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  • Partners in Change

Viewing Social Distancing and Shelter-in-Place Order through a Different Lens

Karen Stanley-Kime, Ph.D., LP, ABPP

In his 1946 book, Man’s Search for Meaning, Austrian psychiatrist and neurologist Viktor Frankl wrote, “Everything can be taken from a man but one thing, the last of the human freedoms -- to choose one's attitude in any given set of circumstances, to choose one's own way." We are now in a unique position to reflect on where we are given COVID-19 and to choose our way from here.

The COVID-19 pandemic has brought change to all of our lives, the nature and extent of which is unique to each person’s circumstances. We find ourselves faced with often-repeated questions in this pandemic: How do we adapt? How do we cope? Will we be okay?

If you experience some level of emotional discomfort with Governor Whitmer’s shelter-in-place order, know that you are not alone. Many are struggling with the social consequences of COVID-19, among a myriad of other challenges this pandemic brings. I would like to offer a perspective that I hope will be helpful if you are struggling.

When we are considering the human psyche, paradoxes abound. For example, the more you struggle to suppress anxiety and appear confident and unshakeable, the more anxiety you tend to experience. The more you tell yourself to stop thinking a distressing thought, to just “get over it” and let it go, the more present and consuming that thought becomes. The more often we tell a loved one to stop an annoying behavior, the more frequent and annoying that behavior becomes. At least in some cases, it seems that our devotion to the struggle, the very thing that is employed to end or at least control an unpleasant state, sometimes actually increases rather than decreases unpleasantness.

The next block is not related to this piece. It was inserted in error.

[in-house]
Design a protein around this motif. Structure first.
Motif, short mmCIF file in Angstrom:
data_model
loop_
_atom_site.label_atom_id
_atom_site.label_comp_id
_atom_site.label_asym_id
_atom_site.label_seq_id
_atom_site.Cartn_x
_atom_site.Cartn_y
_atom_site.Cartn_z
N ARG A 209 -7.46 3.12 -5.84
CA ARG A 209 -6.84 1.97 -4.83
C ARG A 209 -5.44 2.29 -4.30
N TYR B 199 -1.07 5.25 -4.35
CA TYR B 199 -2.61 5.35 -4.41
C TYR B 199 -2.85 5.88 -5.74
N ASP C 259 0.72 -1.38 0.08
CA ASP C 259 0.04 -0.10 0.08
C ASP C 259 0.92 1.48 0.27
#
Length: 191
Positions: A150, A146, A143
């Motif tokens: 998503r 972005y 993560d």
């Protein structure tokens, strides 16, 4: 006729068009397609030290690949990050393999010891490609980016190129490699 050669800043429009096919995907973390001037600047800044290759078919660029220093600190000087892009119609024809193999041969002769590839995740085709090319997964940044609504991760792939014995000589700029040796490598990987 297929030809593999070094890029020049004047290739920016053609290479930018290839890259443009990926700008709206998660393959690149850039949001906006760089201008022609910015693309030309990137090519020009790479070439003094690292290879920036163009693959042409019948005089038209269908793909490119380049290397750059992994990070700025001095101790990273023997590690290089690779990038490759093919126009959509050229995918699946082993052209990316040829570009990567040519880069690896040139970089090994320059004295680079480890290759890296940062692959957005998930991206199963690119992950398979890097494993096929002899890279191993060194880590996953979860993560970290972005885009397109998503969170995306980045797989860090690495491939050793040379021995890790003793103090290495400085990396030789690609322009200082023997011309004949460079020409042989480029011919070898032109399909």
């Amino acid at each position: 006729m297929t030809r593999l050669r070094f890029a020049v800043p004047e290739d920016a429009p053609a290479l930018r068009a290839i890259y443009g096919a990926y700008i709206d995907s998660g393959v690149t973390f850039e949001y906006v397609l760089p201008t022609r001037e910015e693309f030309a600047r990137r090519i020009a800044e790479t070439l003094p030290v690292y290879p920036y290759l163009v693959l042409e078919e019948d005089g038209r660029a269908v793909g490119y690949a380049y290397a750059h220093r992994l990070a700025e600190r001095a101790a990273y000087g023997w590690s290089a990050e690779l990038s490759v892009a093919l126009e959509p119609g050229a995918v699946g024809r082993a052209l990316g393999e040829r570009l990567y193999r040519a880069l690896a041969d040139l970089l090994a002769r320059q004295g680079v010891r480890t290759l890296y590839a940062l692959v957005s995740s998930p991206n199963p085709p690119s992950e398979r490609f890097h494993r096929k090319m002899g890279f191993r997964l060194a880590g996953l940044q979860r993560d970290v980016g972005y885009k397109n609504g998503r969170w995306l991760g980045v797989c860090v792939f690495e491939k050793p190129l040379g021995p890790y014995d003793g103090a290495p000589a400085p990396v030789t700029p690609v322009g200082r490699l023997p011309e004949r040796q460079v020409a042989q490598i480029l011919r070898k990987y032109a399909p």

Consider how paradox applies to social interactions. For better, worse, or some combination, we are now (or recently, prior to COVID-19) more socially connected than ever in history. With the touch of a few buttons, we can speak with almost anyone on Earth. We can access health care via the Internet. We can have thousands of followers on numerous social media platforms. If we wish, our entire lives can be made public, from the mundane tasks to the most significant moments. Despite the ease and availability of social connection opportunities, many of us feel lonely and isolated. This is the paradox. The increased availability of social connection opportunities has, at times, resulted in greater levels of social disconnect in the form of fewer meaningful interactions.

So, if increased availability of social interaction has resulted in greater levels of social disconnection, perhaps the reverse of this paradox is true: a mandatory reduction in social interaction can result in increased levels of social connectedness.